Long Distance

From a certain distance, the landscape is
static, alpine out the airplane window,
bonsai, Zen,
so you focus on what’s close up—the welter of footprints
in the wing’s dirt or the book

in your hand.
From a certain distance, life is always on
pause, a still life.
Back up far enough and the people you know don’t even
exist.

But step up close to these hills
and the green ridge
shows itself to be undulating, the stovepipe
in mid-puff.
A Chinese lantern tilts with the wind, its yellow tassels

waving as lightly as an anemone.
Step up close and know that you’re here.
Your plane
landed a long time ago: terminal to concourse, concourse to taxi
stand, taxi home.

You’ve been living here a long time now
just to feel what it would be like,
just to know what the constellations would sound like
as finger positions
on the fret board in your hand.

 

Hari Raya Song

Rain sweats. Pendants
drop and stick to the pavement
like thumbtacks, dark flecks on my sky–
blue lapel. Today is Hari Raya

in the Islamic tropics. On Borneo,
I am born again, a born-again
Muslim. Today is Hari Raya, so no news-
paper will be published; no news

will be made. Instead, the weather reports on itself;
the rain reports on the sunroom’s
corrugated rooftop, rain sluiced
into my veins. Born again on Borneo as a Malaysian,

which is to say: 50% Malay,
23% Chinese and 7% curry powder.
I speak no languages. Today is Hari Raya,
and I am raining.

 

In Seoul

The side of the brownstone read English Language Buddhist Library.
In a clinic on the second floor people sat between stacks of magazines,
wearing eye bandages and, a floor above, shed their shoes in long-socked
meditation. The librarian examined my passport and I spent the rest of the evening

in the hostel reading The Zen
Teaching of Renzai about the monk who,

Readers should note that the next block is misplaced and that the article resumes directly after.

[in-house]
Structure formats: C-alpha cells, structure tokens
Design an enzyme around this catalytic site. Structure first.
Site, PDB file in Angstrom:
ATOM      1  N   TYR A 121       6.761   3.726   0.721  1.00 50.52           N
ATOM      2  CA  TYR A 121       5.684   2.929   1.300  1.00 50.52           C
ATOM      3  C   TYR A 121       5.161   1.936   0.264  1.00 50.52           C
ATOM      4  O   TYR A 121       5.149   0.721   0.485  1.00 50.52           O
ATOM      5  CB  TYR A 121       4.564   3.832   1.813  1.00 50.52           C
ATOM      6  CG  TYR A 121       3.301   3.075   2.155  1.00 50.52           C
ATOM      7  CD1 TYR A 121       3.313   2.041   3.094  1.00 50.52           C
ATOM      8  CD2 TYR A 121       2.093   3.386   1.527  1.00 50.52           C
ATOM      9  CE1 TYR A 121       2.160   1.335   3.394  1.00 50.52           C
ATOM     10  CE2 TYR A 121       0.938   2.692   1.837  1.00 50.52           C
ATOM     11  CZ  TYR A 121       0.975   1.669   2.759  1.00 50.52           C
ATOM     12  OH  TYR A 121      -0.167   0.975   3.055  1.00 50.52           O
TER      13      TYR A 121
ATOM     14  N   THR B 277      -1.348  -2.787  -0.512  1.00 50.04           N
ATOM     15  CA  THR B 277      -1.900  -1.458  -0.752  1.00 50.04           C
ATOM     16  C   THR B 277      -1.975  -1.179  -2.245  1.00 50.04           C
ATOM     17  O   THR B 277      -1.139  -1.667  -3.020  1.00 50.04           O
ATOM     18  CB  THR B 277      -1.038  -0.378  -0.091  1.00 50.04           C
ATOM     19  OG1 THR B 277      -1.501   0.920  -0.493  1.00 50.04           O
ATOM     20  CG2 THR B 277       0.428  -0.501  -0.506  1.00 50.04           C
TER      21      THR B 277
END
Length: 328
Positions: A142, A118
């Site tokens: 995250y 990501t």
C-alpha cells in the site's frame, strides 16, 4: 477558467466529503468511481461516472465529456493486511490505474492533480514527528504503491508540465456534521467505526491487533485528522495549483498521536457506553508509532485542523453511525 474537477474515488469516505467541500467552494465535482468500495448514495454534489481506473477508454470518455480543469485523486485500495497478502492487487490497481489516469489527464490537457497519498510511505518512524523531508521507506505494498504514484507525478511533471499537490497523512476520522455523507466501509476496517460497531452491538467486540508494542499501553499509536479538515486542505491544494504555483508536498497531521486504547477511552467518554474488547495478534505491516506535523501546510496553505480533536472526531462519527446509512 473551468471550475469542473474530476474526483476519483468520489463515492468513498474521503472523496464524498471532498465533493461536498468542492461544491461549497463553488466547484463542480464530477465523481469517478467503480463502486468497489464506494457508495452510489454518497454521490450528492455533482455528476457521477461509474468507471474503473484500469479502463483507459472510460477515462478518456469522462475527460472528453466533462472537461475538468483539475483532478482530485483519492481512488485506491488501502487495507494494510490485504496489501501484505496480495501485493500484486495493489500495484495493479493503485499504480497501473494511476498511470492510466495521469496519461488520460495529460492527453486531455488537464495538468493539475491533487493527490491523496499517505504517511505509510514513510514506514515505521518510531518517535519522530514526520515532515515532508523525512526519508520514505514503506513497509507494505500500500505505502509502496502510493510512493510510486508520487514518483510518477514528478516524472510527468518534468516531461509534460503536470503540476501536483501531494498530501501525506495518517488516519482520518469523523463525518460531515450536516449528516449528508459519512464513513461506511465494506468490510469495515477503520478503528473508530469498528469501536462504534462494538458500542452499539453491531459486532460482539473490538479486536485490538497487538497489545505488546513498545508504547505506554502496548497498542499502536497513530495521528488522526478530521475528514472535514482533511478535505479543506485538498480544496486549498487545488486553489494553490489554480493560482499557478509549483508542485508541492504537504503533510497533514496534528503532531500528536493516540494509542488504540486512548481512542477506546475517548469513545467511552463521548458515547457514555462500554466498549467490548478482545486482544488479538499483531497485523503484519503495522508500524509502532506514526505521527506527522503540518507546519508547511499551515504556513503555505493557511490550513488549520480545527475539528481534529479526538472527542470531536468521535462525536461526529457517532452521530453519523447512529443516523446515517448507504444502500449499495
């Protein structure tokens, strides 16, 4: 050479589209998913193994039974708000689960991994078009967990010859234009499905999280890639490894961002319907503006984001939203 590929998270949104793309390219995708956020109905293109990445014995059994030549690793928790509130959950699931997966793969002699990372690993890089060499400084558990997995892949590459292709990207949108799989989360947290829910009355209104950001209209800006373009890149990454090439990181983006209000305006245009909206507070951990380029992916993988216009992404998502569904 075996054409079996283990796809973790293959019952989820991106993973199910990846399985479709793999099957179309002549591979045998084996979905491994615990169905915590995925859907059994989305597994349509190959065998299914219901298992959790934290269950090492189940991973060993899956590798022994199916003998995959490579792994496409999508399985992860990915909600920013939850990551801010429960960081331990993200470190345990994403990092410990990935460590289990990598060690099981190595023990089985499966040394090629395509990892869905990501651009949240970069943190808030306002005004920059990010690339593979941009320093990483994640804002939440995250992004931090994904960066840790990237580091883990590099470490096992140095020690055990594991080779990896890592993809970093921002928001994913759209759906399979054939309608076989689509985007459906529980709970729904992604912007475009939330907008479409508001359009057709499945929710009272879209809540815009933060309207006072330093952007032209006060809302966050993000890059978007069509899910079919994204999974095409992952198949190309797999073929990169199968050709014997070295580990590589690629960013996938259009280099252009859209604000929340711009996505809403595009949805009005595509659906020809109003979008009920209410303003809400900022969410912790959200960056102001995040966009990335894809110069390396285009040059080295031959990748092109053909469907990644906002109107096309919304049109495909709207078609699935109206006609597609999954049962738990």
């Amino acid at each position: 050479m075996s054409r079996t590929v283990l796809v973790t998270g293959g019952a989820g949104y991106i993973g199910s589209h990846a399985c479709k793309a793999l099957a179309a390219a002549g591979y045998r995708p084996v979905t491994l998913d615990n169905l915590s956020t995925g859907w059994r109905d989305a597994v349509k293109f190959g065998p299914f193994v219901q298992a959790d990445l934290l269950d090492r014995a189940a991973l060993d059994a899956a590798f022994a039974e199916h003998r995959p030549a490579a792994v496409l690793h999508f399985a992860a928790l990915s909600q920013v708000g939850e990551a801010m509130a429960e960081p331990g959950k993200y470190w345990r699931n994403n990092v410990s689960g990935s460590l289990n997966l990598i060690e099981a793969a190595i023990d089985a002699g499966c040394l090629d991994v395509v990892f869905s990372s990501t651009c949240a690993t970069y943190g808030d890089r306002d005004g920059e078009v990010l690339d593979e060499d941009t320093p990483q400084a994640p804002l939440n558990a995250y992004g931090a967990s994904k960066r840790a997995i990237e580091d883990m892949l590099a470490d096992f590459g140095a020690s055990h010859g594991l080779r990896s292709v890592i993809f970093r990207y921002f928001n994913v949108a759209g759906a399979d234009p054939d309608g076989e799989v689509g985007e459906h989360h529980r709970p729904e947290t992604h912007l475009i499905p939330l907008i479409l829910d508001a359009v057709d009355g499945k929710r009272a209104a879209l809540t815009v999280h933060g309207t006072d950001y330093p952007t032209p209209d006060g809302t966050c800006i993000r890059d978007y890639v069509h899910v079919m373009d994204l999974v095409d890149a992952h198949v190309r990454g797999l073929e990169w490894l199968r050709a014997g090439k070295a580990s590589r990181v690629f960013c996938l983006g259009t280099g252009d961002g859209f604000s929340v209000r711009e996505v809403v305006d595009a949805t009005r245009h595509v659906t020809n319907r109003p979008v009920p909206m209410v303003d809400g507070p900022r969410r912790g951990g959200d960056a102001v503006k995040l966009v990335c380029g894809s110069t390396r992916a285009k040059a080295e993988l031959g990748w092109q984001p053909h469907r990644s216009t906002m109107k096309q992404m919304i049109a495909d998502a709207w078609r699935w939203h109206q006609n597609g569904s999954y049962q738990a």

when asked about enlightenment,
removed his shoes and stood them on his head.

 

Good Morning Beijing

The developer’s had island
paradise plastered to the construction
site’s sheet metal fence that

migrant workers march the length of,
a decorated corridor from the barracks
to the dirt road entrance. Early

every morning vernal villas,
golf courses and waterfalls float past
in the smog of morning cigarettes,

this morning, so particularly bad that it erases
the poplars, ash trees and locusts.
The International Exhibition Center whites out

from next door to the subway station,
and Chairman Mao steps forward to spit upon the tracks
his mouthful of mucus.

 

In the Beijing Villas District

Somewhere between construction
site and the factory park in an overgrown
pumpkin patch, I met a deaf-mute who slept
in the kudzu vines of an abandoned culvert.

Down a dirt road off to one side of the barricade’s
deadend of the highway, I stepped into his shepherd’s life.
His bicycle-cart and basket were packed with twisted,
plastic water bottles, his livelihood recycling.

Out where the airport jousts with the sun, he slipped
his hand under those prickly coils and picked a katydid
out of the underbrush and, with gleeful caricature
of speech, presented it to me.

 

Cameron Morse

Cameron Morse

Cameron Morse has studied and taught in China. He is currently an MFA candidate at UMKC and lives with his wife, Lili, in Blue Springs, Missouri. His work has been or will be published in I-70 Review, TYPO, Otis Nebula, Sleet, Steam Ticket, Referential Magazine, The Bombay Review, The Blackstone Review, Shot Glass Journal, Rufous City Review, Small Print Magazine, Two Hawks Quarterly, First Class Literary Magazine, Phantom Kangaroo, Asian Cha and District Lit

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